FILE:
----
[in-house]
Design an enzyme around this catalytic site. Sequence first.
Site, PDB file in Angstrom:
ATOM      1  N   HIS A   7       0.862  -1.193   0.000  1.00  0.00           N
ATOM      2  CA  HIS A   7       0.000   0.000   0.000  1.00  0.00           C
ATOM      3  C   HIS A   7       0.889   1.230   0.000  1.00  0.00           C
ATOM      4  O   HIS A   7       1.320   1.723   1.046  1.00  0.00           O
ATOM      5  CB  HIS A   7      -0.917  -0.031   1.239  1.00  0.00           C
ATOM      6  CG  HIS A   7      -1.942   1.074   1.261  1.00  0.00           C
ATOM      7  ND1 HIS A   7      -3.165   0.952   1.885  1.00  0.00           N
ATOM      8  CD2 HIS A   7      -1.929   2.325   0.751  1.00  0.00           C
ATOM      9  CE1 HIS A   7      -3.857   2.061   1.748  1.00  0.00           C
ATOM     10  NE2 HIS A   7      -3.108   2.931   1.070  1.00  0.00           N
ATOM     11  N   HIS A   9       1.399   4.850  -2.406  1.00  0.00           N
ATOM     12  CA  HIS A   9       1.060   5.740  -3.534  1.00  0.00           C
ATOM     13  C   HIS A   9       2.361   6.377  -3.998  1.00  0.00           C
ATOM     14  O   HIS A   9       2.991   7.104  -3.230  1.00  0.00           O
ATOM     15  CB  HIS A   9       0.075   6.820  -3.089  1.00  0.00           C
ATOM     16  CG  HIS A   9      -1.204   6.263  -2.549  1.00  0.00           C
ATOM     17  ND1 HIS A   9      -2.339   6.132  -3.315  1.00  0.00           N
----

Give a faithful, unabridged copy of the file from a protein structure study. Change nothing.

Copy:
[in-house]
Design an enzyme around this catalytic site. Sequence first.
Site, PDB file in Angstrom:
ATOM      1  N   HIS A   7       0.862  -1.193   0.000  1.00  0.00           N
ATOM      2  CA  HIS A   7       0.000   0.000   0.000  1.00  0.00           C
ATOM      3  C   HIS A   7       0.889   1.230   0.000  1.00  0.00           C
ATOM      4  O   HIS A   7       1.320   1.723   1.046  1.00  0.00           O
ATOM      5  CB  HIS A   7      -0.917  -0.031   1.239  1.00  0.00           C
ATOM      6  CG  HIS A   7      -1.942   1.074   1.261  1.00  0.00           C
ATOM      7  ND1 HIS A   7      -3.165   0.952   1.885  1.00  0.00           N
ATOM      8  CD2 HIS A   7      -1.929   2.325   0.751  1.00  0.00           C
ATOM      9  CE1 HIS A   7      -3.857   2.061   1.748  1.00  0.00           C
ATOM     10  NE2 HIS A   7      -3.108   2.931   1.070  1.00  0.00           N
ATOM     11  N   HIS A   9       1.399   4.850  -2.406  1.00  0.00           N
ATOM     12  CA  HIS A   9       1.060   5.740  -3.534  1.00  0.00           C
ATOM     13  C   HIS A   9       2.361   6.377  -3.998  1.00  0.00           C
ATOM     14  O   HIS A   9       2.991   7.104  -3.230  1.00  0.00           O
ATOM     15  CB  HIS A   9       0.075   6.820  -3.089  1.00  0.00           C
ATOM     16  CG  HIS A   9      -1.204   6.263  -2.549  1.00  0.00           C
ATOM     17  ND1 HIS A   9      -2.339   6.132  -3.315  1.00  0.00           N